Lee Lakeman, one of the many warriors in the front lines of the battle against violence against women, is a director of the Vancouver Rape Relief and Women’s Shelter, which counsels thousands of women a year but can offer shelter to only 10 at a time. In her opinion, the situation won’t improve in any substantive way without a couple of systematic changes: the police and the courts, she says, have to “start viewing crimes against people as being more important than crimes against property” and they must “start practicing believing women. Start with the assumption that she’s telling the truth.” Otherwise, why should women believe in a justice system that does not confront men with the consequences of their actions?

There is remarkable unanimity among experts that men have to face these consequences in court. “Going to court increases the likelihood of a conviction and subsequent public censure,” says Lakeman, while admitting that she and her colleagues across the country “don’t agree about punishment.” Her shelter colleague Bonnie Agnew emphasizes the need for swiftly applied and consistently enforced restraining orders—particularly when the woman has fled the relationship, a proven-dangerous time for 18 months or so. Dutton seconds that motion, recalling a case where a batterer had lied to his probation officer about a business trip to Japan, while he stayed in town to terrorize his estranged wife. The probation officer had taken the Japan bit at face value—until Dutton, who was also counseling the wife, called to tell him that the abuse was ongoing.

There is a theory about punishment, addressed at length by Harvard University professor James Q. Wilson in ‘Thinking About Crime’ (New York: Basic, 1983), that three elements—severity, certainty and swiftness-must be in sync. “The trick,” says Dutton, “is to set the severity of punishment so that it’s severe enough, but not so severe that the guy’s going to mortgage the farm to fight it.” Dutton endorses a year’s enforced probation and a court-mandated treatment program—even for first-timers. “It’s a real wake-up call: the night in jail, the judge, the sentence. General deterrence—seeing others get nailed—doesn’t work with these guys. What works is what happens to them personally.” As he strongly believes, do treatment programs.
Bonnie Agnew suggests that, in numerous ways, all of us, as friends and neighbors, need to maintain vigilance on a daily basis. “Men should make a point of finding out whether their male friends are beating their wives,” she says, and Allan Sheps agrees. “Men don’t talk to one another enough about their feelings toward the women in their lives.” As well, says Agnew, “Neighbors can know—and do know. They can put two and two together, and they must intervene.” We all underestimate, adds Lakeman, the power that public censure can have right after the event. “Whatever else we do, we should be withdrawing prestige and status from these men.” If you’re convicted of battery and you’re a teacher, for example, should you be allowed to teach?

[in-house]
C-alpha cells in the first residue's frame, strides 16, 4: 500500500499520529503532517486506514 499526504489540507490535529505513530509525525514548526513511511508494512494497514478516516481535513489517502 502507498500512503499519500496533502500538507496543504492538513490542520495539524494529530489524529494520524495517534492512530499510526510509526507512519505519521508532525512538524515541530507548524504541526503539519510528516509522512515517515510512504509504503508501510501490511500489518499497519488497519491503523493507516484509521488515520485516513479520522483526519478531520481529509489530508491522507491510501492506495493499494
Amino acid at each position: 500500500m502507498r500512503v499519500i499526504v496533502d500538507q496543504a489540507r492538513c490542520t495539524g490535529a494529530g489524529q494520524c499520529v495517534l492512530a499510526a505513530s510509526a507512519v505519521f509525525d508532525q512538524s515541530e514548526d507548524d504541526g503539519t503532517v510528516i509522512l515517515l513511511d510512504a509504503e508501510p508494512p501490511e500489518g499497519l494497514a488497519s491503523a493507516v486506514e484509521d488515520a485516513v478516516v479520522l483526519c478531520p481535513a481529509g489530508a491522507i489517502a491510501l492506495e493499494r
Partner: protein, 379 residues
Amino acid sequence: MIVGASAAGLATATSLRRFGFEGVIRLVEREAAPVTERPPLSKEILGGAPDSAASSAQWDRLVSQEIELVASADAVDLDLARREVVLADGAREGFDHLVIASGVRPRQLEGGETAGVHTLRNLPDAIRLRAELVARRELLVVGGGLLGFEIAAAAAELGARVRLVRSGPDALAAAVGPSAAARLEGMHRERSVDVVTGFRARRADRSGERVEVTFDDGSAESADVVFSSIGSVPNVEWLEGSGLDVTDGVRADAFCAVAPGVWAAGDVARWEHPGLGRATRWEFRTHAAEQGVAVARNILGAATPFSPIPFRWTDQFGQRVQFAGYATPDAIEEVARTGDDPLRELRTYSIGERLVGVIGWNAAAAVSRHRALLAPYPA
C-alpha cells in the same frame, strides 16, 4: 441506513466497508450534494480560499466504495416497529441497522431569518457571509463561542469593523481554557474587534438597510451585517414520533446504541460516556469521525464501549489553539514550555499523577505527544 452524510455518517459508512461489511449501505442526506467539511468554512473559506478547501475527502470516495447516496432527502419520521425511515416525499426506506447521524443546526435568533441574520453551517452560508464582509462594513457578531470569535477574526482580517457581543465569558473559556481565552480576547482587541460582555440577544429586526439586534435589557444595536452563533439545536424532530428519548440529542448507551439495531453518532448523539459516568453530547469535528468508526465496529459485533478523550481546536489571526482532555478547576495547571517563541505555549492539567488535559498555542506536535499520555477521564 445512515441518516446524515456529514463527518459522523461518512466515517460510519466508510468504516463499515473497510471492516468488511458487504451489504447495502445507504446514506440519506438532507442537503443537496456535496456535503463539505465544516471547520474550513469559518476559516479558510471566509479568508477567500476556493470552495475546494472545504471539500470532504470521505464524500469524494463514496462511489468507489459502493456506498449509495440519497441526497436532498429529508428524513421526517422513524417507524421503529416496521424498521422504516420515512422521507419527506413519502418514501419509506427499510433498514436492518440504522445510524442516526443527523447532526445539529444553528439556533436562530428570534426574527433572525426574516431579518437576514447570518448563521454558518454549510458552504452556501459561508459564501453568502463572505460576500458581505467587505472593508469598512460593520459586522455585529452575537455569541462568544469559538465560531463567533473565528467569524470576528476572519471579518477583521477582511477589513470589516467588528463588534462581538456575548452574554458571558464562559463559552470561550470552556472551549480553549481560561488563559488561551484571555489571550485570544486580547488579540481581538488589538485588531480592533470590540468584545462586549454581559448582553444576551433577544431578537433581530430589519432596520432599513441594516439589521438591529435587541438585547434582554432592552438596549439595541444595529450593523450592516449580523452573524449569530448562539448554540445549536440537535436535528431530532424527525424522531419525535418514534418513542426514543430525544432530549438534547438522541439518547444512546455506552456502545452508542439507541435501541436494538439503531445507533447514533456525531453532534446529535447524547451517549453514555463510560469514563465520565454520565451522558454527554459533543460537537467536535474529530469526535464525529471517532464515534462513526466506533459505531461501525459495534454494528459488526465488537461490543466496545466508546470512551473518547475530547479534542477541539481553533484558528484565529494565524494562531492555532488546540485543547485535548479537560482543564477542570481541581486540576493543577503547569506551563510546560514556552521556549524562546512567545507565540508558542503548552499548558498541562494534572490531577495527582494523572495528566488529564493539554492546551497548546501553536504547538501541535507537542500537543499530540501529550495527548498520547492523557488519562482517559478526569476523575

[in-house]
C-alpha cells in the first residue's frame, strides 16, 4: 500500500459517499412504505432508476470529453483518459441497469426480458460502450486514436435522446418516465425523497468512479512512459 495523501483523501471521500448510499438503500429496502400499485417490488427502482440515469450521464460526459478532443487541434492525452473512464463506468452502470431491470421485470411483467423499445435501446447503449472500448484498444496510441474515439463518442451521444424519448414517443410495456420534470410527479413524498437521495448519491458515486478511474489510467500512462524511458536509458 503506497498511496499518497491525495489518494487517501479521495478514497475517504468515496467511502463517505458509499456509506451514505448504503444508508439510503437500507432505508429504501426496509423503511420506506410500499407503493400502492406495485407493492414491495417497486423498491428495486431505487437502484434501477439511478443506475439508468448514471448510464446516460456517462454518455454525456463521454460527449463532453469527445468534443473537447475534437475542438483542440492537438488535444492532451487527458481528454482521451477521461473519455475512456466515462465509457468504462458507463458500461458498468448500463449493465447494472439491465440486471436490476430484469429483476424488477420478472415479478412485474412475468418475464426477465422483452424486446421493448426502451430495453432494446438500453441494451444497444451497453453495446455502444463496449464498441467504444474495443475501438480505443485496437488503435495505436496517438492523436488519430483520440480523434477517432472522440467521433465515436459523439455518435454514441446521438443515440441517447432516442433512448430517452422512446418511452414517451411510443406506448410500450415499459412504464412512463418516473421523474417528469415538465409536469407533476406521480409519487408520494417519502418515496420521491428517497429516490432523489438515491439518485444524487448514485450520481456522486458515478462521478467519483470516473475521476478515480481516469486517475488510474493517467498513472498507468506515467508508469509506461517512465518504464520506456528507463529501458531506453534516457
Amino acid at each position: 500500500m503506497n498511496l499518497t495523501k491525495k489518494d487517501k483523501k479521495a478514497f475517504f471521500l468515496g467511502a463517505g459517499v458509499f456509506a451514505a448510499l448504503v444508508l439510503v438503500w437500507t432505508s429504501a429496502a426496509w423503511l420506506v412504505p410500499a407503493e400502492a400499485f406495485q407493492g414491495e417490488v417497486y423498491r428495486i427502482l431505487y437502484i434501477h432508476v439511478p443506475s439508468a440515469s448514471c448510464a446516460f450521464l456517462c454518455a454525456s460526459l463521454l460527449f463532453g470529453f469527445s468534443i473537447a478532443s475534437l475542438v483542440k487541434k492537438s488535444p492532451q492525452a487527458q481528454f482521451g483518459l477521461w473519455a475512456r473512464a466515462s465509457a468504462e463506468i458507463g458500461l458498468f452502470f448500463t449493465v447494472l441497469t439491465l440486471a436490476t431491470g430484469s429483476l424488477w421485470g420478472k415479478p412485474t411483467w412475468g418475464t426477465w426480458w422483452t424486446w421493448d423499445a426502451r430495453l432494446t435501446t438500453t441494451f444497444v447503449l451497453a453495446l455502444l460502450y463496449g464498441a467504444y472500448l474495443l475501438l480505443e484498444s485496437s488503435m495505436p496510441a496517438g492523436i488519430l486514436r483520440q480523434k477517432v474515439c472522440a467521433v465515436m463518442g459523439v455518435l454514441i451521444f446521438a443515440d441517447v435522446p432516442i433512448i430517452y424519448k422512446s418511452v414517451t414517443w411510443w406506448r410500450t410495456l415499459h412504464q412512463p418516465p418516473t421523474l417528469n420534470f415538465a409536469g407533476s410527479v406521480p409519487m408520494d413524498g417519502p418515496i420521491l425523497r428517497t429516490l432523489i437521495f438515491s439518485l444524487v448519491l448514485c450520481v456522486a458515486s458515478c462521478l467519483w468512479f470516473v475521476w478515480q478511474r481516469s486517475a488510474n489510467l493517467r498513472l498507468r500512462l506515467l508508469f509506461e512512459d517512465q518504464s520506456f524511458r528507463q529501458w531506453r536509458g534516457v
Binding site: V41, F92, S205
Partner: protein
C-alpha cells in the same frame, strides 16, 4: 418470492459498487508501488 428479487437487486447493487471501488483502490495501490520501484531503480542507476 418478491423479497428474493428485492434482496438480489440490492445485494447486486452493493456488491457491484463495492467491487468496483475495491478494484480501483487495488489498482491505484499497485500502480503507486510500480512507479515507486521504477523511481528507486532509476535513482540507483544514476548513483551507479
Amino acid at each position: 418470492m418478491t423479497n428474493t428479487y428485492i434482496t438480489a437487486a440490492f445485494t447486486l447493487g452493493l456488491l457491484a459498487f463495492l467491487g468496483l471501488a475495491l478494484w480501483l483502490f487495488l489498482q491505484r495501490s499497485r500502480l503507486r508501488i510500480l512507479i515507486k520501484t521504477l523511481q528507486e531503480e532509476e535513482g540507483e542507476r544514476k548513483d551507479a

Women must also force themselves to stop believing the seemingly heartfelt apologies of the serial batterer’s inevitable contrition phase, Dutton says. The typical cycle of domestic battery goes from a gradual buildup of tension to an explosive release to a period of I’ll-never-do-it-again remorse that he says can sometimes seem like a seductive second honeymoon. It’s a pattern that can promote a strong form of bonding, but a woman should resist it with every ounce of energy she has. Instead, Dutton advises, “look for a real change of behavior. He can’t just talk the talk, he’s gotta walk the walk. What’s he promising? That he can change on his own? Forget it—chances are he can’t. If he says he’ll get help, does he follow through?” As hard as it may be, Dutton says, a battered woman “has to admit that she’s a battered woman. Not, ‘He’s got a bit of a temper. If I just stopped doing A, he’d be better.’ So you change, but he doesn’t. ‘Oh, maybe if I stop doing B.’ It keeps going on. Once you understand that it’s his problem and not yours, there’s a sea of change.”

In an era when young lovers are well-advised to ask one another for blood tests before going any further, cautionary measures for abuse are equally appropriate. People like Agnew and Dutton, who deal with spousal battery every day, offer a checklist for young women, who must, alas, fear that Dr. Jekyll could someday turn into Mr. Hyde.
Does he make disparaging jokes about women? Does he think the expression ‘I’ll O.J. you’ is funny?
In his last relationship, who left whom and why? What does he say about that?
Does he have mood swings that seem to have nothing to do with you—but end up with you being good or bad?
How does he describe his upbringing? His parents? Does he happily see them?
What’s his attitude toward money? Is he controlling of yours?
Is he excessively jealous of attention paid to you by friends of either sex? By strangers?

If your answers to any of these questions make you uneasy, it’s wise to insist on further discussion, or even break things off. Otherwise, the future may hold visits to a shelter, a hospital—or the morgue.

Taken in part from Homemaker’s Magazine©, April 1996. Telemedia Communications Inc.; “Serial Batterers, what turns boys into brutes?” written by John T. D. Keyes.